The most common definition of revenue management is: “Selling the right product to the right client at the right moment at the right price through the right distribution channel with the best cost efficiency” or in a different perspective “Targeting the right distribution channels, controlling costs, and having the right market mix plays an important role and selling rooms and services at the right price, at the right time, to the right people”
Revenue management is optimising financial results which must contend with high fixed costs and a perishable inventory.
For example, hotels have a certain number of rooms and fixed costs which must be met, regardless of how many rooms are sold. Revenue management is employed in an effort to predict demand and optimise inventory and price availability. When utilised correctly, this will ultimately result in higher revenue.
History of revenue management
It all started in 1985 with American Airlines and Yield management spread to other travel and transportation companies in the early 1990s. In order to optimise financial results, airlines began to introduce a concept known as dynamic pricing. They found huge success in applying price discrimination techniques and anticipating consumer demand.
Managing hotel revenues and profitability are becoming more complex due to rapidly changing market of the hospitality industry. The traditional way of dealing supply and demand totally changed and it becomes a living organism which could change top to bottom and one day to another, and sometimes hour by hour during the past decades.
So, how we define Revenue Management?
It can be described as the use of analytics, which helps to predict the behaviour of customers, so that product availability and price can be optimised in order to generate the maximum amount of revenue possible. Within the hospitality industry, the main purpose is to increase revenue while selling the same number of products or services, such as hotel rooms. It is, essentially, about matching supply and demand and successful revenue management involves understanding how customers think and what their perceptions of value are.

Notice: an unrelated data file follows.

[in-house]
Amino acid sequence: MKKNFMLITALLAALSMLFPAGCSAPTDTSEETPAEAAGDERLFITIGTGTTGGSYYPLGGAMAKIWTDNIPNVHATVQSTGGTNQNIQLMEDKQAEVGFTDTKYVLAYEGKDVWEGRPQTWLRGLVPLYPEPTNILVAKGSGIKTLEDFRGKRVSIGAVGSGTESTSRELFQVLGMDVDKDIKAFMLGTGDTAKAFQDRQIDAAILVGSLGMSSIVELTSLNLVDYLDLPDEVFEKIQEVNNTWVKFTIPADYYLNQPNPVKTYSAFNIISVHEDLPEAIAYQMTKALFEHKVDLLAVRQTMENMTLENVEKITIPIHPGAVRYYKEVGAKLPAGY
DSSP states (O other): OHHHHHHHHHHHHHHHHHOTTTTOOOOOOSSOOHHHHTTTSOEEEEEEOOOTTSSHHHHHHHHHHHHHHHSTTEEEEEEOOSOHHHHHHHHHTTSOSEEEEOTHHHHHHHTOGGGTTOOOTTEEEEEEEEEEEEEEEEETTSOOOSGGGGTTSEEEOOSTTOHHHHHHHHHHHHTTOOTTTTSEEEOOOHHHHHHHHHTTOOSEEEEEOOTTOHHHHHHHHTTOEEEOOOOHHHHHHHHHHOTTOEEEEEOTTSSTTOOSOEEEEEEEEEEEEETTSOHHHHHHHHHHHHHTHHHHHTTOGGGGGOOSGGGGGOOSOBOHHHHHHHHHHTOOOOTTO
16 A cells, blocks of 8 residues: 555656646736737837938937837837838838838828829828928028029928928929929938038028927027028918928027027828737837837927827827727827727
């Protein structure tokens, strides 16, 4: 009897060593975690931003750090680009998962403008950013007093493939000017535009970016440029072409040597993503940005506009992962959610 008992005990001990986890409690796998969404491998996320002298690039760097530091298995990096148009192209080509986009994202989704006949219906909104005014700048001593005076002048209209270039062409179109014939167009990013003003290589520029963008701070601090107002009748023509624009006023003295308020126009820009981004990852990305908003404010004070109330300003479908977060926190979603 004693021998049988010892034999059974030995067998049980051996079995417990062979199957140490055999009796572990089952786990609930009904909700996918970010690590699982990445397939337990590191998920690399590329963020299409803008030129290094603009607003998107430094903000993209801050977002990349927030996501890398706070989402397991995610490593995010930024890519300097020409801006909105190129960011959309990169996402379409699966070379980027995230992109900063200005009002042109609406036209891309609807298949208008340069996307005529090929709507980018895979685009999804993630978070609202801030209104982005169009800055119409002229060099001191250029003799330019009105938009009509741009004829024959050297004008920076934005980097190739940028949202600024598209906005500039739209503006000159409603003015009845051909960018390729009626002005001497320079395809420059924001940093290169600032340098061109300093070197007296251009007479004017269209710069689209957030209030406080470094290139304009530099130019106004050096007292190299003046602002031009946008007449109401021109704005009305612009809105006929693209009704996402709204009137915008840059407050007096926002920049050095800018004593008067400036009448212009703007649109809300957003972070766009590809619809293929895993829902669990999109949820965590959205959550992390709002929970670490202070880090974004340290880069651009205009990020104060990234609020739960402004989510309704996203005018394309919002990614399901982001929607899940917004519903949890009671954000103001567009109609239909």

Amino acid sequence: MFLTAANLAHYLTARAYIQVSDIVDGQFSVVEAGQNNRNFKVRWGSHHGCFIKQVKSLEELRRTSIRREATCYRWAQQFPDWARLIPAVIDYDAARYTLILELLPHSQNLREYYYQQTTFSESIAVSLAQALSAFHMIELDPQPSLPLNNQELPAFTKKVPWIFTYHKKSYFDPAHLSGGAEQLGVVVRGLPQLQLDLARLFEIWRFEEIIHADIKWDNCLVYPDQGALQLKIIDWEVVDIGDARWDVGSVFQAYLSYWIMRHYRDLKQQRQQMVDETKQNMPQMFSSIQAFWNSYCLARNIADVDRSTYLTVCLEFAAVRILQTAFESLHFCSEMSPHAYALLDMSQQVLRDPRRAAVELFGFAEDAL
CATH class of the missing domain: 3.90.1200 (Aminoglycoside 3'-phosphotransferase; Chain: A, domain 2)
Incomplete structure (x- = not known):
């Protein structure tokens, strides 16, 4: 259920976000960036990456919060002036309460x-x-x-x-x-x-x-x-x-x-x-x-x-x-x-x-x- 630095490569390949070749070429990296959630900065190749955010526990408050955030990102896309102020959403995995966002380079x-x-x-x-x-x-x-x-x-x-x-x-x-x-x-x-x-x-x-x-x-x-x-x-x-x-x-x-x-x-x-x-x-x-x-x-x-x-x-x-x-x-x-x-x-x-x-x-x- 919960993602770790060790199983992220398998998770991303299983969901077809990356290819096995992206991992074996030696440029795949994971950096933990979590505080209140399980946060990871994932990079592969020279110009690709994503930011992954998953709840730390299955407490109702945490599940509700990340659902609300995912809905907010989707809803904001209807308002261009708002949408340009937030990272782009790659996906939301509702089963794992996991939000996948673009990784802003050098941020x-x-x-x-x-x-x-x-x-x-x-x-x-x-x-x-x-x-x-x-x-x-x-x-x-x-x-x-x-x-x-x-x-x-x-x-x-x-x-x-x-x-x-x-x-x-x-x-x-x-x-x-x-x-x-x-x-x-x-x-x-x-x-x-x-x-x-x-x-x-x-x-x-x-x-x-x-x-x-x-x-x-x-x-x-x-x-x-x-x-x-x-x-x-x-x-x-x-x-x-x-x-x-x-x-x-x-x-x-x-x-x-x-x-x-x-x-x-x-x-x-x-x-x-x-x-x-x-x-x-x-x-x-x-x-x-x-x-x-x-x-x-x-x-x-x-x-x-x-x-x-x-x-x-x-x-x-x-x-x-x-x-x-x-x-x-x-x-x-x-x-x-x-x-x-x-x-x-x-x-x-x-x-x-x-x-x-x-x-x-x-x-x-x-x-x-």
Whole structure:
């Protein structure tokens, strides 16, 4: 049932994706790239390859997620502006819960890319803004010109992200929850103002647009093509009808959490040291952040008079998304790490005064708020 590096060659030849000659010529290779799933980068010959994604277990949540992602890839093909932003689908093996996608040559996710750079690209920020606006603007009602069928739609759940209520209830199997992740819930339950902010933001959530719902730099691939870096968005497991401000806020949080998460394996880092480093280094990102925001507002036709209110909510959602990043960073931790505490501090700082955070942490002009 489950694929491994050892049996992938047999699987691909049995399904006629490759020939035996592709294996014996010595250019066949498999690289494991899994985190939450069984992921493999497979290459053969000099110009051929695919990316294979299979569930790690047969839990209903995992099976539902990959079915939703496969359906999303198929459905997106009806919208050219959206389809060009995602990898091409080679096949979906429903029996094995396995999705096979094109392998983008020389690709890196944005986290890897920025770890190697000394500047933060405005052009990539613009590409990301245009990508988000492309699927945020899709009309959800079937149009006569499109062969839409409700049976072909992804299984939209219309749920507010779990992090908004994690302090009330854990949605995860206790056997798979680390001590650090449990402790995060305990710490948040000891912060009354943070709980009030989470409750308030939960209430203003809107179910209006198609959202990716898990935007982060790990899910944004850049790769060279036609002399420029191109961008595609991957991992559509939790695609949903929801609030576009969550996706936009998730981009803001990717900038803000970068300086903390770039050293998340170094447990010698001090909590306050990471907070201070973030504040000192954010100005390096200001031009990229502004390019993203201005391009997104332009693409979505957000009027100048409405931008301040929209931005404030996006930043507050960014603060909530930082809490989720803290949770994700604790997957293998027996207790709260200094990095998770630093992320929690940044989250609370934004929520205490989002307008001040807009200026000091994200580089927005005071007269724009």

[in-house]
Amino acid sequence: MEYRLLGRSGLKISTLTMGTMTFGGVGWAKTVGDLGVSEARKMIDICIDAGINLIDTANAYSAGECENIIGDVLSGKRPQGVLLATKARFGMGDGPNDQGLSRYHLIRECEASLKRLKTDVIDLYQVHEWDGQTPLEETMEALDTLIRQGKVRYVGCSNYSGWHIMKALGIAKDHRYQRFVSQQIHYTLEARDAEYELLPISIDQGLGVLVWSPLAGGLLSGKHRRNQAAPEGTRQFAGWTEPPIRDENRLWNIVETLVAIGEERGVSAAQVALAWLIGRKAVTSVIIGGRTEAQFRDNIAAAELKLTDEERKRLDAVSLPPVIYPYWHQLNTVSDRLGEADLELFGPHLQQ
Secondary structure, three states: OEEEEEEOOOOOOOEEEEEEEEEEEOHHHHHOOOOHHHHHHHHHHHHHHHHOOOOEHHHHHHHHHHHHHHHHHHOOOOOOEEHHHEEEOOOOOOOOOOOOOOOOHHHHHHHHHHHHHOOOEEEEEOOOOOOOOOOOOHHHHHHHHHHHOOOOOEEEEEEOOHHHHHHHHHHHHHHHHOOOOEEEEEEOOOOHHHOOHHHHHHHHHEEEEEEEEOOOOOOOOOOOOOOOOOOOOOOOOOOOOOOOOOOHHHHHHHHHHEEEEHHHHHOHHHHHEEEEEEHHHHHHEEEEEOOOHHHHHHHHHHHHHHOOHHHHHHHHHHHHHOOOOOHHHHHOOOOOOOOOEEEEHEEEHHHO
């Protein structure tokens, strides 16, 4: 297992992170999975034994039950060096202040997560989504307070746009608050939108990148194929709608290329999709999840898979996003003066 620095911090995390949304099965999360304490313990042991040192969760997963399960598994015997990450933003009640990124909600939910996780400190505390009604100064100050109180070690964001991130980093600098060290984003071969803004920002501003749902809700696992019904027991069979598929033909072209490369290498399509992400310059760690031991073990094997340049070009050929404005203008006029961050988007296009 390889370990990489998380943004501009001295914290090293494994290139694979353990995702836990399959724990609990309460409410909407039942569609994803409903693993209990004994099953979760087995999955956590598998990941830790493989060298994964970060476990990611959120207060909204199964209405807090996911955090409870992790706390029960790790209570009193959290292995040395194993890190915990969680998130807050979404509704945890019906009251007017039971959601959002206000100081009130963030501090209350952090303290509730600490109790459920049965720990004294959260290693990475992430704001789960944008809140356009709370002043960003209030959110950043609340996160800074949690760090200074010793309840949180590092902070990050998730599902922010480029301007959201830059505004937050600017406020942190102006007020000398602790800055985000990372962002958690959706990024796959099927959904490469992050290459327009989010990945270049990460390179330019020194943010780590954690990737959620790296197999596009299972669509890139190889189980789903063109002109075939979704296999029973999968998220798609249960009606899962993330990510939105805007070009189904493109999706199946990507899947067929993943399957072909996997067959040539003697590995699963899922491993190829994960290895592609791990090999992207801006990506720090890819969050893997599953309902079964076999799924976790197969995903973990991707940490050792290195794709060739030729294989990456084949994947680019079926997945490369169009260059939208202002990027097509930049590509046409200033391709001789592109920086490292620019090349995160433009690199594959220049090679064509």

This may mean also refusing to sell a room today so that you can sell it for a higher price tomorrow, but it might also mean recognising when demand is low enough that you should sell at a discounted price.
In order for a business to employ a revenue management strategy effectively, a number of conditions must be in place. These conditions are as follows:
Different customers must be willing to pay different prices for the same service or commodity;
The business must be some ability to predict the changing levels of demand ahead of time;
Only a fixed amount of resources are available to be sold at any given time;
A perishable inventory e.g. after a certain point, the resources can no longer be sold.
It can be employed in almost any business where changes in levels of demand can be predicted, where fixed costs must be paid regardless of sales and where customers are willing to pay different prices for the same product or service.
In summary, revenue management allows hotels to adopt a data-driven approach to decisions on what to sell them. It is a way of ensuring that informed decisions are made with predicting demand and optimising price and availability, in an effort to boost revenue.
As in any business strategy, there are several KPI’s (Key Performance Indicators) to measure and identify areas of success and failure in our approach to Revenue Management.
This will give hoteliers an even greater insight into the actual performance of their hotel. Please follow www.hospitalitycode.com for my articles on Revenue Management KPI’s, it’s calculation and interpretation methods.